Yet despite all the success that came his way -- by his 50s, a high income and international fame were his -- -he was never satisfied for long. All his days he suffered stomach troubles, becoming toward the end of his life a vegetarian. All his days, too, beginning with his years at Cambridge, he felt a pull toward religion. As early as 1934, the writer Lettice Cooper predicted he would become a Roman Catholic, which he did -- but in 1982, fully 48 years later. Ingrams speculates that Muggeridge's encounter with Mother Teresa, whose work he did so much to publicize in a BBC documentary and whose simplicity and dignity and devotion humbled him, brought him over to the church, under whose last rites he died.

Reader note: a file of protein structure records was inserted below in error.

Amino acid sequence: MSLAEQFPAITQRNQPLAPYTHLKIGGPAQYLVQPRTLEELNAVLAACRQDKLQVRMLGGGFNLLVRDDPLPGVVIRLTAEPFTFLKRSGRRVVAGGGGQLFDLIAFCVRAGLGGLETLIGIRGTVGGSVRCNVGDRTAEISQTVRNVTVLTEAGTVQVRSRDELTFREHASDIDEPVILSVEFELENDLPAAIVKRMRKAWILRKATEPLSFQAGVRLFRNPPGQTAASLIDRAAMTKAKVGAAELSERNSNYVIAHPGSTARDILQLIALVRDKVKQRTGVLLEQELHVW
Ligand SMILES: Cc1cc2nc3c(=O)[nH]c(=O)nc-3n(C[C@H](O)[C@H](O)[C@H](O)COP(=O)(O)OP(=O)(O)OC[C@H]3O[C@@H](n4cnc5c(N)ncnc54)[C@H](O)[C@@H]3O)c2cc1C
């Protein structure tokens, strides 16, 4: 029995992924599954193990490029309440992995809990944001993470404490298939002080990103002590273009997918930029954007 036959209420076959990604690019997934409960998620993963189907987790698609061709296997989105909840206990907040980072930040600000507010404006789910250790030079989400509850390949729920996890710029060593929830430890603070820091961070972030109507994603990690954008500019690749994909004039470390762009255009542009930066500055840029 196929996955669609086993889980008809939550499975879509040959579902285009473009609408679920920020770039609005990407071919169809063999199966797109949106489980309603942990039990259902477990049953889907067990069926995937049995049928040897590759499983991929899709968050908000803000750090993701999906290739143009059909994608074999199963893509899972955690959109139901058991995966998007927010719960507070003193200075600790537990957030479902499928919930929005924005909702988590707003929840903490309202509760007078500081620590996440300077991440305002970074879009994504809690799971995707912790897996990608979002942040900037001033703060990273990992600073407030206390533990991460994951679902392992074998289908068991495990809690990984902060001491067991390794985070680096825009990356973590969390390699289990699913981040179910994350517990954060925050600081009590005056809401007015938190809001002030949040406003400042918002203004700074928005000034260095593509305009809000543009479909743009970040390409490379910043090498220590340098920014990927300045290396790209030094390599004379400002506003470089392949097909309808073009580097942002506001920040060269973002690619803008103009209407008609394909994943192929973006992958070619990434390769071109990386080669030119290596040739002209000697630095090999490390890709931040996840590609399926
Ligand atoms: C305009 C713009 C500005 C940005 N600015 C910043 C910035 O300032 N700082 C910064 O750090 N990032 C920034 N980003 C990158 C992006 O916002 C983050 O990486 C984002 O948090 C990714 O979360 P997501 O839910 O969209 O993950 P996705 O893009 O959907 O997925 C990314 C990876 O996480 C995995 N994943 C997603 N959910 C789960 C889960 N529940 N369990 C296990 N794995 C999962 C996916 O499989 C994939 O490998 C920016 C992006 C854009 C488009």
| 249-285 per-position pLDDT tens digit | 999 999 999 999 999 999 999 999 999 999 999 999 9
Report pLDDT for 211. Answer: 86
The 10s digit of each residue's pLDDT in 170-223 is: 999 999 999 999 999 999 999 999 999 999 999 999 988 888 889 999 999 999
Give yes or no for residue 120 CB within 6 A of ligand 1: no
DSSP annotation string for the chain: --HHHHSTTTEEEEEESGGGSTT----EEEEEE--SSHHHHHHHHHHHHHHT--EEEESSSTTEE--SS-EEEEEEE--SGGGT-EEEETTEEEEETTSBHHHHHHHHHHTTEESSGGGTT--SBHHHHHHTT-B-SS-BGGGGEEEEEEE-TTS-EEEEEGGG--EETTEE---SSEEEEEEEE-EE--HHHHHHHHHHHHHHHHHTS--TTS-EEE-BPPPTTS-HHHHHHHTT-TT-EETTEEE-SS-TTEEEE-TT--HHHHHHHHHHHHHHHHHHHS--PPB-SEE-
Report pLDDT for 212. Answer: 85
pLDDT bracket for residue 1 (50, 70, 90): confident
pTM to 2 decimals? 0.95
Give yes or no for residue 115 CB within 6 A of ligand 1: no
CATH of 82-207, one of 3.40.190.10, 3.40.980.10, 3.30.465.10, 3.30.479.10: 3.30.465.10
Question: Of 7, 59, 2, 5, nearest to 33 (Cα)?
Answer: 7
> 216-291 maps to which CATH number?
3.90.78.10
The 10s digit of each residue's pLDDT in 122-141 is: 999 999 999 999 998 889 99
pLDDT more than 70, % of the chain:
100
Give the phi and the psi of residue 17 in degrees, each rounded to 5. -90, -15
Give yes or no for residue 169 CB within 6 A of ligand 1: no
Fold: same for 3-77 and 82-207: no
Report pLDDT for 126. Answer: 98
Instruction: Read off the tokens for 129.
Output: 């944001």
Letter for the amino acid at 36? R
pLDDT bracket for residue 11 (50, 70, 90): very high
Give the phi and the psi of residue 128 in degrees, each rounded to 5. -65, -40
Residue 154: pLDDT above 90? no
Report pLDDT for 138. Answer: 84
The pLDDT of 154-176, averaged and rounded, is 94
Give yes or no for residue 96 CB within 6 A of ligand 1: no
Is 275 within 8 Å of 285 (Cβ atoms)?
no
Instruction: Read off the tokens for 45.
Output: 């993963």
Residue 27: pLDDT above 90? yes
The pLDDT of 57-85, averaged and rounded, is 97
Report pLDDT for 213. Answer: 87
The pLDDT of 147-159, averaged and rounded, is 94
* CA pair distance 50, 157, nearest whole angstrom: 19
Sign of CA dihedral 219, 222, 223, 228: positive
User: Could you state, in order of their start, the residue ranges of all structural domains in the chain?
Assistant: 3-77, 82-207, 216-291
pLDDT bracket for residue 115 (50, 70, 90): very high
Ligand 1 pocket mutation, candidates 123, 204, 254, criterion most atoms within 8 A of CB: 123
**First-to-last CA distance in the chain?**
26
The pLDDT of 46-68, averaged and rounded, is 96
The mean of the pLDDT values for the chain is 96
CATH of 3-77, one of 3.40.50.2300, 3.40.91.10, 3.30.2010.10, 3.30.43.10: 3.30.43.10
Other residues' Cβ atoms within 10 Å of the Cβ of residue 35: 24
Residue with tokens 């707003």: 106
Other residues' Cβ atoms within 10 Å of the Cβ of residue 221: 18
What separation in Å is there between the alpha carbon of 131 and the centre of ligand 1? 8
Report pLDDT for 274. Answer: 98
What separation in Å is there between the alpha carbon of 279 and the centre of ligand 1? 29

A great many people were put off by the spectacle of the publicly devout Malcolm Muggeridge. "St. Mugg" was the way he was often referred to. Before his religious phase, he believed men were fools for not understanding the silly irrelevance of their lives; now he thought men fools for not understanding a being greater than they. Preaching, in his last years, seemed to come very naturally to him. It wasn't all that easy to take from such an old sinner. Hypocrisy was the common charge. In other words, Muggeridge had had very good innings as a general catouser; but now that he could no longer hold up the bat, the rest of us were to retire along with him to contemplate the magnificence of the Lord. La Rochefoucauld was called in as a witness for the prosecution: "We do not so much desert our appetites as they desert us."